A second public hearing concerns a request by Ingles Markets for signage at the company’s 863 Brevard Rd. location, which is currently being redeveloped. In a memo, city planning staff recommend that the company reconsider its proposal to “employ more creative techniques for identification that minimizes advertising/branding” for achieving the company’s goals.

New business

After its consideration of the bond referendum, as outlined above, Council will review applications for the following city boards and commissions and determine which, if any, candidates it will interview:

  • African American Heritage Commission
  • Citizens-Police Advisory Committee
  • Comprehensive Plan Advisory Committee
  • Multimodal Transportation Commission
  • Neighborhood Advisory Committee
  • Sustainability Advisory Committee on Energy & the Environment
  • Tree Commission

 

Asheville City Council will meet at 5 p.m. on Tuesday, July 26 in Council chambers on the second floor of City Hall. The full agenda and supporting documents are available here.

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About Virginia Daffron
Managing editor, lover of mountains, native of WNC. Follow me @virginiadaffron

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11 thoughts on “City Council queues up next step on bond referendum

  1. Lulz

    LOL let me guess, those polled about the referendum are the same people who are for the art museum, have ties into Riverlink and the RAD, along with reps from McKibbon lulz. Cronyism and corruption in local politics and the people in the area give them free passes because they “think” it’s democracy lulz.

      • bsummers

        Yeah, in a whole other state. Irrelevant much?

        If they’d commissioned someone local, you would find something suspicious-sounding (but not actually suspicious) about them.

      • John

        Thanks for the information. I find it very relevant, but I can’t imagine a scenario where a bunch of Bernie lovers turned down an opportunity for wasteful spending.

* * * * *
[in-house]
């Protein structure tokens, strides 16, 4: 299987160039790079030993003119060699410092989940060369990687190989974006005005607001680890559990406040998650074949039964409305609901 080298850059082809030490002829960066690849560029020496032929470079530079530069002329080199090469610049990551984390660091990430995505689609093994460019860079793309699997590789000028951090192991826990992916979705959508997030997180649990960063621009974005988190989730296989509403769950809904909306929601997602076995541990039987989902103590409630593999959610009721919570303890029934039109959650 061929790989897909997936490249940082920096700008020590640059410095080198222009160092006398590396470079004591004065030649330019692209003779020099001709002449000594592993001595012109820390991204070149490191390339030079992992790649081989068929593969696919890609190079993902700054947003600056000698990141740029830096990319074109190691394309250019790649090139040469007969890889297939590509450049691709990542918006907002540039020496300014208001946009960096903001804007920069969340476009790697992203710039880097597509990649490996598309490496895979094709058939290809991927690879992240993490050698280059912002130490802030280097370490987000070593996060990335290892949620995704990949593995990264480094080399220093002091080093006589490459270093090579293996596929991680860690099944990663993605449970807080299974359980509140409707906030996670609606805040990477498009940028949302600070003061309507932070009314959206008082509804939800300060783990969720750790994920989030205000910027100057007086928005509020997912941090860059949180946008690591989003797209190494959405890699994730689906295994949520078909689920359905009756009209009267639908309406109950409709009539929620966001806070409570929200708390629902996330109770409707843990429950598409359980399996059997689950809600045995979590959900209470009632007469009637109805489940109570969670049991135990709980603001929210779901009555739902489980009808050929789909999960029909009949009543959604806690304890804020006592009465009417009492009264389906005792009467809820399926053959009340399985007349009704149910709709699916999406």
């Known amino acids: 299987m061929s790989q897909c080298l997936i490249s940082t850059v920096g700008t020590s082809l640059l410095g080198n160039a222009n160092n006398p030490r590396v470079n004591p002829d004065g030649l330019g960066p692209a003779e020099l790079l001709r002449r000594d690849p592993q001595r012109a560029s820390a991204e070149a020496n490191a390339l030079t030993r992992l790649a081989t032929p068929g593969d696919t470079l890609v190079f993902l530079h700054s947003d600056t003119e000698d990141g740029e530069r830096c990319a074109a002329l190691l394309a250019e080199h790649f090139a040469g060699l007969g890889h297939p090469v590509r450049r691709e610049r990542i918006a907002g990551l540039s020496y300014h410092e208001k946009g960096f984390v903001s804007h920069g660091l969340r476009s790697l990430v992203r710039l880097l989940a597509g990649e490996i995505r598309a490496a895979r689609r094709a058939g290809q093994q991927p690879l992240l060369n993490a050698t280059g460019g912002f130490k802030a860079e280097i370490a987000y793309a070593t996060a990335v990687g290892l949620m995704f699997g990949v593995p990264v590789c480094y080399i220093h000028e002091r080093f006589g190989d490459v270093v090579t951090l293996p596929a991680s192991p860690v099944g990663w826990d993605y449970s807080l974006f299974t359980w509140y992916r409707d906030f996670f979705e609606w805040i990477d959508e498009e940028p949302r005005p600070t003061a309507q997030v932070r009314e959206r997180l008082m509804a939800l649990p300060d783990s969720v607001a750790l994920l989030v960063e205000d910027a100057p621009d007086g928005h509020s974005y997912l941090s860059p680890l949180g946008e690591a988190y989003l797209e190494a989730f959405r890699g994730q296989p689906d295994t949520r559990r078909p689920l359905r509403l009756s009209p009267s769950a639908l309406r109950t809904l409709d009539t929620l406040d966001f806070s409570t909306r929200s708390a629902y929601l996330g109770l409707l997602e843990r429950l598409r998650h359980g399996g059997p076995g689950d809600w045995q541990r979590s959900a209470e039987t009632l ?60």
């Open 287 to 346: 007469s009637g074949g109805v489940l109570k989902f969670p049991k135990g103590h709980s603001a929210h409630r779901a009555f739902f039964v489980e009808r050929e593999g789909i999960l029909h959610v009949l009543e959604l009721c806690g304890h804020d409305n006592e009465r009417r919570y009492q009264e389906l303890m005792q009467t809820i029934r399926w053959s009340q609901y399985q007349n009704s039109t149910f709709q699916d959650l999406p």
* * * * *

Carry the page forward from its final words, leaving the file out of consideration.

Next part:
• Lulz

          Why would they lulz. My most recent water bill came in at 100.00 LOL. $4.00 in water usage and the rest fees and MSD. LOL, these crooks, cons, and fraudsters need to be imprisoned for criminal activity. Not re-elected by a bunch of sheep.

          • bsummers

            these crooks, cons, and fraudsters need to be imprisoned for criminal activity

            MSD? I think that’s a little extreme. I wish they’d fessed up & admitted that they lied to people in that Arcadis study on the economics of a water/sewer merger, but I wouldn’t send them to prison. Of course, when MSD Chairman opined on the record that “what’s good for the goose is good for the gander” ie., asserting that since in their minds the City had lied, therefor it was OK that MSD lied too… he resigned without explanation a week later. But prison? You’re a tough little sockpuppet, aren’t you?
            https://dl.dropboxusercontent.com/u/108366839/goose.JPG

  2. Jean

    I would doubt the people you mention above would be interested in having their taxes raised for affordable housing, a Community Center opposite a public housing facility, and better bus lines and shelters. It would be the exact opposite.